Printed copies are available for free - Call 13 11 20 to order

Instructions for downloading and reading EPUB files

Apple devices

The iBooks application must be installed on your Apple device before you can read the EPUB.
Different ways to download an EPUB file to your Apple device:

  • email EPUB files to yourself and transfer the attachment to iBooks.
  • copy EPUB files into DropBox (or a similar service) and use the DropBox app to send them to iBooks.
  • open EPUB files directly from Mobile Safari and open them in iBooks, where they are saved automatically by downloading the EPUB from the website.

Need more help? Visit: http://support.apple.com/kb/HT4059

Kobo

To download an EPUB file to your Kobo from a Windows computer:

  • download and save the EPUB directly onto your desktop.
  • connect your Kobo to your computer using the USB cable and tap “Connect” on your eReader.
  • select “Open folder to view files” to view the contents of your Kobo.
  • navigate to where you have stored your EPUB file in “Finder”, in documents or downloads, and drag and drop it into the Kobo window. You can now disconnect your Kobo to read the eBook.

To download an EPUB to your Kobo from a Mac:

  • download and save the EPUB directly onto your desktop.
  • connect your Kobo to your computer using the USB cable and tap “Connect” on your eReader.
  • open your “Finder” application.
  • select “Kobo eReader” from the listed devices to view the contents of your Kobo.
  • navigate to where you have stored your EPUB file in “Finder”, probably in documents or downloads, and drag and drop it into the Kobo window. You can now disconnect your Kobo to read the eBook.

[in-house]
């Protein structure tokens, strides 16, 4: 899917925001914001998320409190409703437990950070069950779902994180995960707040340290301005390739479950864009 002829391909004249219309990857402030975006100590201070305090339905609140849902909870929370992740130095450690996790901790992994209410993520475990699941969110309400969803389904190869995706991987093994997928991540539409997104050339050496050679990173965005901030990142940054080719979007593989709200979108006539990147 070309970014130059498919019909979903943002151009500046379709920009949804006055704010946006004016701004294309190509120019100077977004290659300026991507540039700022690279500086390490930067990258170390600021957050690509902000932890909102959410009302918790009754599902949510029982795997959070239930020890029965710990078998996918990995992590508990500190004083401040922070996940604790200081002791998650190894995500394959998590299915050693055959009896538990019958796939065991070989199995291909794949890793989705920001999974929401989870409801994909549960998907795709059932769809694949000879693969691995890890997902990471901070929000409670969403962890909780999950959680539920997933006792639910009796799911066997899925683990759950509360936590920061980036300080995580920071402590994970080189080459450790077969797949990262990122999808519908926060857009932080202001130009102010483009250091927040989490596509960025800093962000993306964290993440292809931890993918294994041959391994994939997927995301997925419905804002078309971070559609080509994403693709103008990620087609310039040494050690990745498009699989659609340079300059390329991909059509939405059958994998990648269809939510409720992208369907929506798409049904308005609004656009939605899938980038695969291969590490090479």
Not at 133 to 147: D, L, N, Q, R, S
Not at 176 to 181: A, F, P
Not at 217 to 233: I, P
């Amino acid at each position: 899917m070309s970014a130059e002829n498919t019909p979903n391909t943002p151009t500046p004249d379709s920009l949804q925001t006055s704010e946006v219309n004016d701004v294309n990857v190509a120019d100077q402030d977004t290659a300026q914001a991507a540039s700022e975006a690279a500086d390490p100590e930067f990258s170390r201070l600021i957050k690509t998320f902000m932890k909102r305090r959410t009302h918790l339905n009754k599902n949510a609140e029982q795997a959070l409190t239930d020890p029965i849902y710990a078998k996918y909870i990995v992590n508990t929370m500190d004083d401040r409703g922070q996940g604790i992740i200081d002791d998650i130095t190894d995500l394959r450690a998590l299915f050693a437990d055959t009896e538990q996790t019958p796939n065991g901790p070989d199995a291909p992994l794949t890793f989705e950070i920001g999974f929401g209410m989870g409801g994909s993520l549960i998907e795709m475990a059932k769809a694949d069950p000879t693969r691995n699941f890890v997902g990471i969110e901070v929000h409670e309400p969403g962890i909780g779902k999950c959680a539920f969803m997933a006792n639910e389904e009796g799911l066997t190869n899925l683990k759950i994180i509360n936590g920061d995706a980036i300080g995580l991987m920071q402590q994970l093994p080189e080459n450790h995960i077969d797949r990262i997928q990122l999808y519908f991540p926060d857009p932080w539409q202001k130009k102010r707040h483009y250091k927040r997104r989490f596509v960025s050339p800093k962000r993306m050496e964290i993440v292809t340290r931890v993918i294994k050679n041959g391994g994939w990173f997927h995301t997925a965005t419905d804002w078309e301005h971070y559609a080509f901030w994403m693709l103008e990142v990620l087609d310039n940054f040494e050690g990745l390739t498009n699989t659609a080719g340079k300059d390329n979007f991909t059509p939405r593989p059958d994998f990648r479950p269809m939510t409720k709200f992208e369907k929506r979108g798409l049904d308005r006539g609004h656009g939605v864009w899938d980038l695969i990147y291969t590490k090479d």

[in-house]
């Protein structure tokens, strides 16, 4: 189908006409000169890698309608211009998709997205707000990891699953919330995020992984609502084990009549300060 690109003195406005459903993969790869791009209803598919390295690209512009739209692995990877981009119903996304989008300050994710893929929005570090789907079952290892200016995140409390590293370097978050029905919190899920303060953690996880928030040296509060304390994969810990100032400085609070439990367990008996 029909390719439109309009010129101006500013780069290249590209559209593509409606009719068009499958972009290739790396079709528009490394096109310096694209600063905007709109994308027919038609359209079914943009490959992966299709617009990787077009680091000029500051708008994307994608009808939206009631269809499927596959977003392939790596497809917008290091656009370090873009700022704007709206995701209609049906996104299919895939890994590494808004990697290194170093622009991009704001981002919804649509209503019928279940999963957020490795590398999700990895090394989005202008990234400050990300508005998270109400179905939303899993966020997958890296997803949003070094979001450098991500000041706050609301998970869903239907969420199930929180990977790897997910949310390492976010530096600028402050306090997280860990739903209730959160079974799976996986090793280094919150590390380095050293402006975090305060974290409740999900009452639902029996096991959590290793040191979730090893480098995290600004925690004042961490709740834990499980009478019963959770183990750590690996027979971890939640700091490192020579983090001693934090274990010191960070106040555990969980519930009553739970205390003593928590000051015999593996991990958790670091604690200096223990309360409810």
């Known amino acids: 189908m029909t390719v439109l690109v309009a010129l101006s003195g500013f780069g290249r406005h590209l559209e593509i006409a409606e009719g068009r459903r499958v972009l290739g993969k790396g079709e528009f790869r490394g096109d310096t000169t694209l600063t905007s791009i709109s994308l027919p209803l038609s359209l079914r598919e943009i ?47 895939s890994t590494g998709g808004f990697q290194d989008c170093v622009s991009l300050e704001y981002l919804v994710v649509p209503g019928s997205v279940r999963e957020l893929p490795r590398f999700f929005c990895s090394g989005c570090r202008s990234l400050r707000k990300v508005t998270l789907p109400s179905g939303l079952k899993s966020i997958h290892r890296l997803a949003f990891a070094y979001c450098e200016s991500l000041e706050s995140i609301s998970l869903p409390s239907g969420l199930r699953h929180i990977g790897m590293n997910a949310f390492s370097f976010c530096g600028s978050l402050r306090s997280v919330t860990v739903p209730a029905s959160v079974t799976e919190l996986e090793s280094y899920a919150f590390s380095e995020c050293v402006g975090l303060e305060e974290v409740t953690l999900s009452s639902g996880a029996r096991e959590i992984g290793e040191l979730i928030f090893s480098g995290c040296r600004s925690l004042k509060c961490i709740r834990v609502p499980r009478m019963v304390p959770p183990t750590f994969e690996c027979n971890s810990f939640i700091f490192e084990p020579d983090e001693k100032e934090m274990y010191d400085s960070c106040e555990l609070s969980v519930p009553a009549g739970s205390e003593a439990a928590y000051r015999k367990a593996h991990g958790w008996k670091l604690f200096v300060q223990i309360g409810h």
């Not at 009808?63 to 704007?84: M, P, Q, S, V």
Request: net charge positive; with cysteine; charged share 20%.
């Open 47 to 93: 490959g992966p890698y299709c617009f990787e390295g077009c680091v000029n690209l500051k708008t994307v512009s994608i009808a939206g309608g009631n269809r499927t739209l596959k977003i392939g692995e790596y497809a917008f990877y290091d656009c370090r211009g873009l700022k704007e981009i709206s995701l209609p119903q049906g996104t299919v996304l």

Turn on your Kobo and your EPUB will be located in “eBooks”, while a PDF will be located in “Documents”.
Need more information? Visit: http://www.kobo.com/help/koboaura/response/?id=3784&type=3

Sony Reader

To download an EPUB file on your Sony Reader™:

  • ensure you have already installed the Reader™ Library for PC/Mac software
  • select the eBook you want from our website and click the link to download it.
  • connect the Reader™ to your computer.
  • open the Reader™ Library software and click “Library” in the left-hand pane and select the eBook to view it.

Need more help? Visit: https://au.readerstore.sony.com/apps_and_devices/

Amazon Kindle 2nd Generation devices

EPUB files can’t be read on the Amazon Kindle™. However, like most eReaders, Kindle™ 2nd Generation devices are able to display PDFs. We recommend that you download the PDF version of this booklet if you would like to read it on a Kindle™.
To transfer a PDF to your Kindle™ via USB cable from your computer or Mac:

  • download the PDF directly onto your computer.
  • connect the USB cable to your computer’s USB port, and the micro USB end of the cable to your Kindle™. Note: the Kindle™ won’t be available as a reading device while it is connected to your computer until it has been disconnected.
  • open the Kindle™ drive and several folders will appear inside. The “Documents” folder is where you will need to copy or drag the PDF to.
  • safely eject your Kindle™ from your computer and unplug the USB cable. Your content will appear on the Home Screen.

Kindle also provides a Kindle Personal Documents Service that allows users to send documents as an attachment directly to your eReader. For more information on this service, visit http://www.amazon.com/gp/help/customer/display.html/ref=help_search_1-1?ie=UTF8&nodeId=200767340&qid=1395967989&sr=1-1
For more information on accessing a PDF on your Kindle™, visit www.amazon.com/manageyourkindle, log in to your account and click on Personal Document Settings.
Need more help? Visit https://www.amazon.com/gp/help/customer/display.html?nodeId=200375630

Android and PC

You can also download and open eBooks on Android devices and PCs with appropriate apps or software installed. Suitable eReader apps for Android include Google Play Books, FBReader and Moon+ Reader. Suitable software for PCs include Calibre and Adobe Digital Editions.


This information was last reviewed in June 2019
View who reviewed this content